UN Torture Prevention Body To Visit Bulgaria
GENEVA (22 October 2021) – The United Nations Subcommittee on Prevention of Torture (SPT) will make its first visit to Bulgaria from 24 to 30 October to assess the treatment of people deprived of their liberty, and examine the existing protection measures against torture and ill-treatment.
The places to be visited by the SPT delegation include prisons, police stations and other detention facilities. The experts will meet with government officials and the national monitoring body, officially known as the national preventive mechanism (NPM) of Bulgaria, as well as civil society representatives.
“This is SPT’s first visit to Bulgaria and also our first mission after the outbreak of COVID-19 pandemic. We will inspect the latest situation of people deprived of their liberty in Bulgaria, with particular focuses on the COVID-19 measures and their impacts on people in different kinds of detention,” said Nora Sveaass, the head of the SPT delegation.
“It is important for independent monitoring bodies like the SPT to carry out regular visits to detention places to prevent torture and ill-treatment. In order to fulfil our mission, the collaboration of the NPM is essential. We will thus, during the visit, be looking into the organization and functioning of the Bulgarian NPM and will be carrying out joint visits with them,” she added.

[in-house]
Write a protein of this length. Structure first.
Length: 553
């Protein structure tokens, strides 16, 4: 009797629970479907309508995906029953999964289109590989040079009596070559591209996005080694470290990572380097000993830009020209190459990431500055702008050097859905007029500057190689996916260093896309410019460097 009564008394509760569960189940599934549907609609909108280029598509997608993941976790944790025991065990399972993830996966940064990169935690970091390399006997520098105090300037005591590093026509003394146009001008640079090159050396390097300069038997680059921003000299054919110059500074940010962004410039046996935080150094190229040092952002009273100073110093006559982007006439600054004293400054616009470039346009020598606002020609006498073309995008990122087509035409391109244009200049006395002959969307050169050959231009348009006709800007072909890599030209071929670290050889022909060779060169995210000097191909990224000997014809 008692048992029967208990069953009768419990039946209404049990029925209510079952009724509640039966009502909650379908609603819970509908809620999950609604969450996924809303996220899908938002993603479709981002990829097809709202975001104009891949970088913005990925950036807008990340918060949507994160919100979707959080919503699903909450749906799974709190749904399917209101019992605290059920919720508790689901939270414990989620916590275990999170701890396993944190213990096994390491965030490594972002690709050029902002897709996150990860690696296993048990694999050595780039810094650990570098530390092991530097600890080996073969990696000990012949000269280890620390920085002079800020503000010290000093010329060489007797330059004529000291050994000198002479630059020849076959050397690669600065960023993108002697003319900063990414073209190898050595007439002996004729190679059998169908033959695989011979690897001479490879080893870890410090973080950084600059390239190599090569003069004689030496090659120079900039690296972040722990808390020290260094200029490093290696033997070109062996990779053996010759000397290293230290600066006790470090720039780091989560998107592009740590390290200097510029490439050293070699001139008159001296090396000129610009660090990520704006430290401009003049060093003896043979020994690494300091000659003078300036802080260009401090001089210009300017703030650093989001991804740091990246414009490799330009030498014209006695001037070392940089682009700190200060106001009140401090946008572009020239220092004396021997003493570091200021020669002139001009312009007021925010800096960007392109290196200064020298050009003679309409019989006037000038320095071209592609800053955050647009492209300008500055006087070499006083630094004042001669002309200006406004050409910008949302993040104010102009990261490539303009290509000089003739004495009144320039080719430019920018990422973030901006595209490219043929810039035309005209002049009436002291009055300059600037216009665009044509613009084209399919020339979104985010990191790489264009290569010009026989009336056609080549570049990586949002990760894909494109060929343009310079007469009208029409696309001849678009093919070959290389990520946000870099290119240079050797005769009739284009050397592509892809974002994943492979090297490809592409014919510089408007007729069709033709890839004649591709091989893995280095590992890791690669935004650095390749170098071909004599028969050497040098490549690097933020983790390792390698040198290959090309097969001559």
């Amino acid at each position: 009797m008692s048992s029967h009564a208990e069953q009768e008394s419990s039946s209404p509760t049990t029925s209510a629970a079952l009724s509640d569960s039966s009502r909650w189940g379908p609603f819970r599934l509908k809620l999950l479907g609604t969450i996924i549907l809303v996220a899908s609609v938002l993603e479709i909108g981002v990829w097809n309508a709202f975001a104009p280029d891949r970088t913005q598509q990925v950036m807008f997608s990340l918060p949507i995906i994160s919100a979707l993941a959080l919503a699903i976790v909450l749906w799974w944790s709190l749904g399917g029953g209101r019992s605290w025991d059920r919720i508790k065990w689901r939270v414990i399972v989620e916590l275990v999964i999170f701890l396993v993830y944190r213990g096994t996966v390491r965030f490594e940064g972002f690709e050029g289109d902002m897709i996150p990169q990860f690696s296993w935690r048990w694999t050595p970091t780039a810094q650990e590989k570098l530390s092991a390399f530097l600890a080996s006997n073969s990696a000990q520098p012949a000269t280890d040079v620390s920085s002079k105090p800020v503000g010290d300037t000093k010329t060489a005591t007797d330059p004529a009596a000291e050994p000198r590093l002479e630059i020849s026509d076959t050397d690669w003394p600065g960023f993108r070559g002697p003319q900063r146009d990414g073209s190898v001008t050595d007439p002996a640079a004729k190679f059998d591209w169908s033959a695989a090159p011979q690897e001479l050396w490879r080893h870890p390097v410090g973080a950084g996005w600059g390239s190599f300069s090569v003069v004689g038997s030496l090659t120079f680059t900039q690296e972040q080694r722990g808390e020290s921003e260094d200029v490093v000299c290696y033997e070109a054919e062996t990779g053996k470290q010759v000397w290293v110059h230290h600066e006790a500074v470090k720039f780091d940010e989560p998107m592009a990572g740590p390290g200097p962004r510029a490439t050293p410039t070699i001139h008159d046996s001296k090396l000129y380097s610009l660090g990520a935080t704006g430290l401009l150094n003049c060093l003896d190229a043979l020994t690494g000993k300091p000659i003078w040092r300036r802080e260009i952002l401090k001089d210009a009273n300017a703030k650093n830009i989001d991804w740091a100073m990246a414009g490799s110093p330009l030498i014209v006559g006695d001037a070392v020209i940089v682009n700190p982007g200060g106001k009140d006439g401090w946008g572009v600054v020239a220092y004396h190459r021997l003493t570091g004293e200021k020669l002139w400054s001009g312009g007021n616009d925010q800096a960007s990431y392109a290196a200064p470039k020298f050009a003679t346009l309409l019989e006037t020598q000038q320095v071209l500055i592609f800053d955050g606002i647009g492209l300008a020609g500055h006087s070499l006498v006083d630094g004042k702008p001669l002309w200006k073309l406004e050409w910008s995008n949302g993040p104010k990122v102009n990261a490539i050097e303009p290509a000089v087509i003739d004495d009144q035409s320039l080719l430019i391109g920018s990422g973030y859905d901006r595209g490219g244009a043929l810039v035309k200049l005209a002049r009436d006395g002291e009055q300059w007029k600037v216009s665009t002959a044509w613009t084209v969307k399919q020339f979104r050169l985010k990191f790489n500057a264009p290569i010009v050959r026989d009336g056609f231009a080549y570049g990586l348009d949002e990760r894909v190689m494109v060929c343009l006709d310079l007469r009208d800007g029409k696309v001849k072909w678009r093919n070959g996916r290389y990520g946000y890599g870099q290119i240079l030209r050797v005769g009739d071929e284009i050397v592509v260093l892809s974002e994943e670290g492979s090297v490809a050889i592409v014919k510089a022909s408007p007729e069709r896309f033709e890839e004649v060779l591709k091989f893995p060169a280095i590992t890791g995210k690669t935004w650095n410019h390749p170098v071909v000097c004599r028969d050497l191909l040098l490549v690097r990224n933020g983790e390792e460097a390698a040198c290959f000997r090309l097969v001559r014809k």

The SPT has a mandate to visit all States that are parties to the Optional Protocol to the Convention against Torture (OPCAT). At the end of the visit, the SPT will present its confidential preliminary observations to the Government of Bulgaria and the national preventive mechanism.
The SPT delegation will be composed of Nora Sveaass, Head of Delegation (Norway), Vasiliki Artinopoulou (Greece), Marie Brasholt (Denmark), Jakub Czepek (Poland), Maria Luisa Romero (Panama), and Zdenka Perović (Montenegro).
To date, the Optional Protocol to the Convention Against Torture has been ratified by 90 states. States are under the obligation to allow the SPT unannounced and unhindered visits to all places where persons are deprived of their liberty. States Parties should also establish a national preventive mechanism, which should conduct regular visits to places throughout the country where people are deprived of liberty.
The mandate of the SPT is to prevent torture and other cruel, inhuman or degrading treatment or punishment of persons deprived of their liberty, through visits and recommendations to States parties to the Optional Protocol. The SPT communicates its recommendations and observations to States by means of a confidential report and, where necessary, to national preventive mechanisms. However, States parties are encouraged to request that the SPT publish the reports.
The SPT is composed of 25 independent and impartial members who are independent human rights experts drawn from around the world, who serve in their personal capacity and not as representatives of States Parties.